KALIDAS MUKERJEE Vs. EAST INDIAN RAILWAY COMPANY
LAWS(PVC)-1901-2-28
PRIVY COUNCIL
Decided on February 21,1901

Kalidas Mukerjee Appellant
VERSUS
EAST INDIAN RAILWAY COMPANY Respondents

JUDGEMENT

CHANCELLOR, J. - (1.) IN this case the plaintiff, who is entitled to bring the action, sues the defendant company for the death of his son, who was killed by an explosion in a railway carriage. The explosion was caused by the bringing. into the carriage of a quantity of fireworks. The carriage was one in which smoking was permitted; and a small charcoal stand was there for the accommodation of the smokers. The two persons responsible for bringing in the combustibles themselves became the victims of the explosion; but the action is brought against the railway company upon the allegation that they were guilty of negligence in permitting the explosives to be brought into the carriage.
(2.) NO precise evidence was given as to the course of business at the station at which the two persons in question got in. The fact that the fireworks were brought in was clear. But it is contended that it was the duty of the company to see that dangerous articles, such as fireworks, should not be permitted to be brought into a passenger train. That it would be negligence knowingly to permit such articles to be carried in a passenger carriage is obvious enough, but it is not suggested, so far as the railway company or their servants are concerned, that they were knowingly permitted to be brought in. The sole question is whether, upon such facts as are here proved, their Lordships can find reasonable evidence of a neglect of duty on the part of the company, in not detecting the nature of the parcel or parcels which it is presumed that one, or both, of the persons who brought the fireworks to the train had with them when they passed the ticket barrier at the station at which they got into the train.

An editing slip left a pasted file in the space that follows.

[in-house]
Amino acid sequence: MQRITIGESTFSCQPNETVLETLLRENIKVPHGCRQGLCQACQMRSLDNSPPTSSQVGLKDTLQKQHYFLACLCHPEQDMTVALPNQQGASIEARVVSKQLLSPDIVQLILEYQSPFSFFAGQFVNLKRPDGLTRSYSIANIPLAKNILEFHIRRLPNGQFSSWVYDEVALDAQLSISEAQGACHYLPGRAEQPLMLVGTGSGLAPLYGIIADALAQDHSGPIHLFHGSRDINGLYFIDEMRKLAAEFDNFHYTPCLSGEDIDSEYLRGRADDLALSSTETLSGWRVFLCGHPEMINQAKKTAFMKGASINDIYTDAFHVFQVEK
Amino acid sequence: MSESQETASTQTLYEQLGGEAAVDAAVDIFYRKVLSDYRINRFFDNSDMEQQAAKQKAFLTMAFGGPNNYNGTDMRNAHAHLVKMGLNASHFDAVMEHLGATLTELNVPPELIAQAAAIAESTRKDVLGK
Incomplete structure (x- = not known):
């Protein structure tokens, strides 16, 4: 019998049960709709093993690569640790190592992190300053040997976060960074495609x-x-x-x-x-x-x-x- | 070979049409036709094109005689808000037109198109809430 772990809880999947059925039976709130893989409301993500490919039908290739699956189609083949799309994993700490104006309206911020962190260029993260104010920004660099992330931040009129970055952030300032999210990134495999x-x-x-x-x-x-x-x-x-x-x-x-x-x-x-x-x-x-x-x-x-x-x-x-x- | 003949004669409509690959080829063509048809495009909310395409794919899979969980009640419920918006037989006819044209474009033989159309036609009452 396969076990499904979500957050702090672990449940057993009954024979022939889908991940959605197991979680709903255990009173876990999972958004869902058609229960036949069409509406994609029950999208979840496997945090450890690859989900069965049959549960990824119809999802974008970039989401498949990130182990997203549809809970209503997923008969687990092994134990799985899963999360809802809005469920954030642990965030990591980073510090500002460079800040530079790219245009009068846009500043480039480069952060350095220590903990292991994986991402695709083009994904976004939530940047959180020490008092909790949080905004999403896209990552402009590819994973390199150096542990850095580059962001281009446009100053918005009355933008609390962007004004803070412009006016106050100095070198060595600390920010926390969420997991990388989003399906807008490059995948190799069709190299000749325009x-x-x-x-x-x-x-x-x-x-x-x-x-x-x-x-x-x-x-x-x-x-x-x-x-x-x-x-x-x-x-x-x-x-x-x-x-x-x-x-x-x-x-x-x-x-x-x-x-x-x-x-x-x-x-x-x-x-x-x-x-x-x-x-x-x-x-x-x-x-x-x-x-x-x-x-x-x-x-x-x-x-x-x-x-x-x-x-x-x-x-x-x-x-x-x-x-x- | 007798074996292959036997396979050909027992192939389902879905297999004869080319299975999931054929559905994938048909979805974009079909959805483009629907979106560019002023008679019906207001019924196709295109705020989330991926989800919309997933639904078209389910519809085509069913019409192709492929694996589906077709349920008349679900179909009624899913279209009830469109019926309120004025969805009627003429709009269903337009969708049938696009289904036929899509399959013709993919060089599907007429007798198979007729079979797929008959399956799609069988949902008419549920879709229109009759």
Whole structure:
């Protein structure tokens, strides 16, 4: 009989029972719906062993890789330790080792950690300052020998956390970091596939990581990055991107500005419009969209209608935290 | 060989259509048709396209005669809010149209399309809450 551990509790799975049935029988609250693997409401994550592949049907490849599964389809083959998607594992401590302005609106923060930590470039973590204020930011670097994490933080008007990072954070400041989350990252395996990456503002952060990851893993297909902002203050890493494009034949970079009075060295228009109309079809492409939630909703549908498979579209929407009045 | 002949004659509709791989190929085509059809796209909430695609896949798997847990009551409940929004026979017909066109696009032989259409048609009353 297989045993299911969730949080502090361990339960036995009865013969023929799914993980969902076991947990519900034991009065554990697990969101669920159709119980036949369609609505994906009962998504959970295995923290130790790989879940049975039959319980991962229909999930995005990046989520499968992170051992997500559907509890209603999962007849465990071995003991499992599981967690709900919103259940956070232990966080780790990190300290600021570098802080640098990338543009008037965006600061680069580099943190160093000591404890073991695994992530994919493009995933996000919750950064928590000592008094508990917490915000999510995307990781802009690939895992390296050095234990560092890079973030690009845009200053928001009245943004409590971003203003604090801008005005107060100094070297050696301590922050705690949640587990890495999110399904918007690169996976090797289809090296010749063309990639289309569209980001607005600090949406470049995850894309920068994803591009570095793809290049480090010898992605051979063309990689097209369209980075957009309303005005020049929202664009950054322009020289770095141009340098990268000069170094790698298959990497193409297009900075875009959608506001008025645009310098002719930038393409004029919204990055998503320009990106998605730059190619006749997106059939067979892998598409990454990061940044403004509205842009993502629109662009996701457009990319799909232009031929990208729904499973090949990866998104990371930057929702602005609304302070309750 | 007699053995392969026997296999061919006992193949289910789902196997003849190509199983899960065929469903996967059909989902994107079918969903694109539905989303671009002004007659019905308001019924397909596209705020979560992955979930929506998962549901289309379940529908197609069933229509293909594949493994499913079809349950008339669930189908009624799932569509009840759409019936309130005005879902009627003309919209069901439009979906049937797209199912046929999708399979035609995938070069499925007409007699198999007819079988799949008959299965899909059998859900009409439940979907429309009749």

(3.) NO evidence is given by any one of the appearance, or even the bulk, of the parcel or parcels. No evidence is given by the railway company of any inspection of any passenger's luggage at the station in question. The parcel, whatever it was, was placed under the seat of the carriage; and some expert evidence was given that the extensive explosion which occurred, and in which the two people responsible for carrying the fireworks were themselves killed, might be caused by half a dozen bombs such as are usually used on such an occasion as these fireworks were intended for, namely, a Hindu marriage; and these bombs are described as being about the size of ordinary cricket balls.;


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